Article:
As his second claim of error, Williams contends that, even if his counsel did not receive the first note, she had a duty to timely contact him following his conviction to advise him about the advantages and disadvantages of appeal. In support, he relies on Baker v. Kaiser, 929 F.2d 1495 (10th Cir.1991). His reliance is misplaced. As the district court correctly concluded, "Baker addresses a counsel's duties to his client following a jury trial and conviction." R. Tab 16 at 4. By contrast, when the conviction stems from a guilty plea, an attorney's duty to consult with the defendant concerning his right of appeal arises only (1) if the defendant asked counsel about the right, or (2) if a claim of error is made on constitutional grounds that could result in setting aside the plea. See Hardiman v. Reynolds, 971 F.2d 500, 506 (10th Cir.1992) (quoting Laycock v. New Mexico, 880 F.2d 1184, 1187-88 (10th Cir.1989)). The state court's factual finding effectively eliminates the first exception. As to the second exception, we agree with the district court that Williams has not alleged a constitutional claim of error that could result in setting aside his guilty plea.
Inasmuch as Williams has failed to make a "substantial showing of the denial of a constitutional right," we DENY his request for a certificate of appealability and DISMISS this appeal.
This order and judgment is not binding precedent, except under the doctrines of law of the case, res judicata, and collateral estoppel. The court generally disfavors the citation of orders and judgments; nevertheless, an order and judgment may be cited under the terms and conditions of 10th Cir. R. 36.3
Williams also contends that the district court should have considered whether the state court judge properly established the factual basis for his guilty plea. However, he did not timely raise the issue below, so we decline to consider the argument. See Walker v. Mather (In re Walker), 959 F.2d 894, 896 (10th Cir.1992)
We observe that Williams' representations regarding this note have not been consistent. Apparently, in his first pleadings in state court, Williams alleged only that "his requests for assistance from the Tulsa County Public Defender were denied." R. Tab 7, Ex. A at 1. Later, in his application for post conviction relief, William specifically claimed that, on October 14, 1992, he sent a note to his attorney which was not answered. Id., Ex. B at 1-2. According to that representation, the unanswered note stated that "he wanted to withdraw his guilty plea, and proceed on to trial, because he was innocent of the charges against him." Id. at 2. In a subsequent Petition in Error, Williams claimed that he "forwarded _________ to Judy O'Connoll within the 30 day of Judgement and Sentence, seeking to vacate Judgement and withdraw plea. This letter was not forwarded to [the proper attorney], who had been appointed to represent Mr. Williams, until after the 10 day yet before the 30 day to motion the Court to vacate sentence and withdraw." Id. Ex. D., p IV (blank line in original). That pleading also includes an attached copy of a letter dated 10-28-92, in which Williams requested Julia to file an appeal. Id. Ex. D. Additionally, the same pleading further states, "[o]n October 12, 1992, Appellant gave his notice of appeal by depositing the same in the institutional mailbox in accordance with the laws and statutes of the State of Oklahoma relating to appeals." Id. Ex. D, p V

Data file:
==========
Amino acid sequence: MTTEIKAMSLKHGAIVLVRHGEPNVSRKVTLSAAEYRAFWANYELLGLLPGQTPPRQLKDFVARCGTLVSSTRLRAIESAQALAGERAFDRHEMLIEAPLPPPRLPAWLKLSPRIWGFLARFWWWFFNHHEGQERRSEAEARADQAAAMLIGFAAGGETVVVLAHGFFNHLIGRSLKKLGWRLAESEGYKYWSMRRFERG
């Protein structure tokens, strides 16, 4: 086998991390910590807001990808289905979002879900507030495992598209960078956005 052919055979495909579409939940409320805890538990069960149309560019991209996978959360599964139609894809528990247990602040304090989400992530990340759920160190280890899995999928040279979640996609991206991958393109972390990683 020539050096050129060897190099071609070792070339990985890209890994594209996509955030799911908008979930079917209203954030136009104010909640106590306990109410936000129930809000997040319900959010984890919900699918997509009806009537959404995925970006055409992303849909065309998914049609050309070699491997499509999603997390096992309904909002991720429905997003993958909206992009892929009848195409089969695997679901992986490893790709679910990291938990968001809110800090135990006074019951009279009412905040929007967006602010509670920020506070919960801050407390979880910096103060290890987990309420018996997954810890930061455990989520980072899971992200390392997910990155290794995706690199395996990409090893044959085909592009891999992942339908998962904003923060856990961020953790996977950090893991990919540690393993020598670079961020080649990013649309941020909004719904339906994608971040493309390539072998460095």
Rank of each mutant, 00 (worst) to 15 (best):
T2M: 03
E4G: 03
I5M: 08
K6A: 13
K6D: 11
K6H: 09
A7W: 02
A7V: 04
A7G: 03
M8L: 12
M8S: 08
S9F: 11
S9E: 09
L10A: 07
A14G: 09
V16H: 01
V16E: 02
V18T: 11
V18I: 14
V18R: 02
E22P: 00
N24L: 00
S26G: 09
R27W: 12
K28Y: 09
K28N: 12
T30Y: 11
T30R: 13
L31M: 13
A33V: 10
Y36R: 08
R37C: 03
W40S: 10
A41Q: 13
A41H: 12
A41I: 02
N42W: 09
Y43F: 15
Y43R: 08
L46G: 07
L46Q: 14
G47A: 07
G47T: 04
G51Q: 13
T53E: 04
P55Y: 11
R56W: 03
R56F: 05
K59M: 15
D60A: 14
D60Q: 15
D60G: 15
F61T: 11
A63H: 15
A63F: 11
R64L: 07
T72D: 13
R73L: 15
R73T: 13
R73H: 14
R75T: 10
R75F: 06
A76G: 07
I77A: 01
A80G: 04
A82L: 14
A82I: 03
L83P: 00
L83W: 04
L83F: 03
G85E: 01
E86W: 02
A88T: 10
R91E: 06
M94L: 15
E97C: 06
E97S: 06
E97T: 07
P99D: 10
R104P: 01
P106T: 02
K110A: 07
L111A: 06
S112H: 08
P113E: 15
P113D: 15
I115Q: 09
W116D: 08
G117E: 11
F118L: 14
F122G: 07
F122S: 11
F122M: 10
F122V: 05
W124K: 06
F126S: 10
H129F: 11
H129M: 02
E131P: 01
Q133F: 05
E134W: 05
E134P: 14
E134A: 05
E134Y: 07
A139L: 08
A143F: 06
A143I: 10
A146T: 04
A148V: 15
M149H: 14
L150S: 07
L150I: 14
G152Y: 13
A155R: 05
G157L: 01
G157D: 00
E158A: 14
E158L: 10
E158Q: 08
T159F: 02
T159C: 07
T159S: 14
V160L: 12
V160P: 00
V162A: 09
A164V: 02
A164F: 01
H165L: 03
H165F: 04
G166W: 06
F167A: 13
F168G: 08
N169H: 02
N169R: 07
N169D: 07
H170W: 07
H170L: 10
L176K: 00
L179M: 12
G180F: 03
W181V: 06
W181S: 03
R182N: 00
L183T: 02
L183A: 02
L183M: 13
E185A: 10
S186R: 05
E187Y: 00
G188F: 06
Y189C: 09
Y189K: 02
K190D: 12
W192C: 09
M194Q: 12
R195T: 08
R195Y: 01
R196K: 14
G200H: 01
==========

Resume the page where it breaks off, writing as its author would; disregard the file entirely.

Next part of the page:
However, Williams never presented any documentation of the October 14 note or of any other notice of appeal in any of the state court proceedings. Finally, in this § 2254 action, for the first time, Williams attached an affidavit to his brief below which reiterates his claim that he sent a note to his attorney on October 14, 1992, and which incorporates a copy of that note. Id. Tab 12. The attached copy of the note provides as follows: "I would like for you to come visit me here in the Tulsa County Jail about withdrawing my plea of guilty, which I entered this past Monday, Oct. 12, 1992. I will discuss my reasons for withdrawing the plea when you come up here." Id.
In his appellate brief to us, Williams claims that his prior failure to provide a copy of the note was due to his having misplaced it among his papers. Appellant's Br. at 3. Additionally, Williams states that he "didn't know ... that his attorney was dismissed from the case before the ten day requirement had expired and that [the jailer] failed to deposit letter or that letter was lost within the mail system. The fact remains that petitioner was denied a Direct Appeal Through No Fault Of His Own." Id. at 2-3.
The court noted that
other than the self-serving statements of the petitioner, there is nothing to support petitioner's claim that petitioner was denied an appeal through no fault of his own. Attached to the State's Response is an affidavit from petitioner's attorney indicating she has searched her files for any letter from petitioner seeking to withdraw his plea, and the only letter she can find is dated October 28, 1992, which is well outside the ten day limit. R. Tab 7, Ex. C at 3.
Although the state court's finding concerns an underlying fact which may trigger certain attorney duties, it does not involve matters or procedures which would be necessarily subject to federal collateral review in the sense contemplated by English v. Cody, Nos. 97-5004, 97-5132, --- F.3d ----, 1998 WL 348019 (10th Cir. June 30, 1998) (addressing a state procedural bar)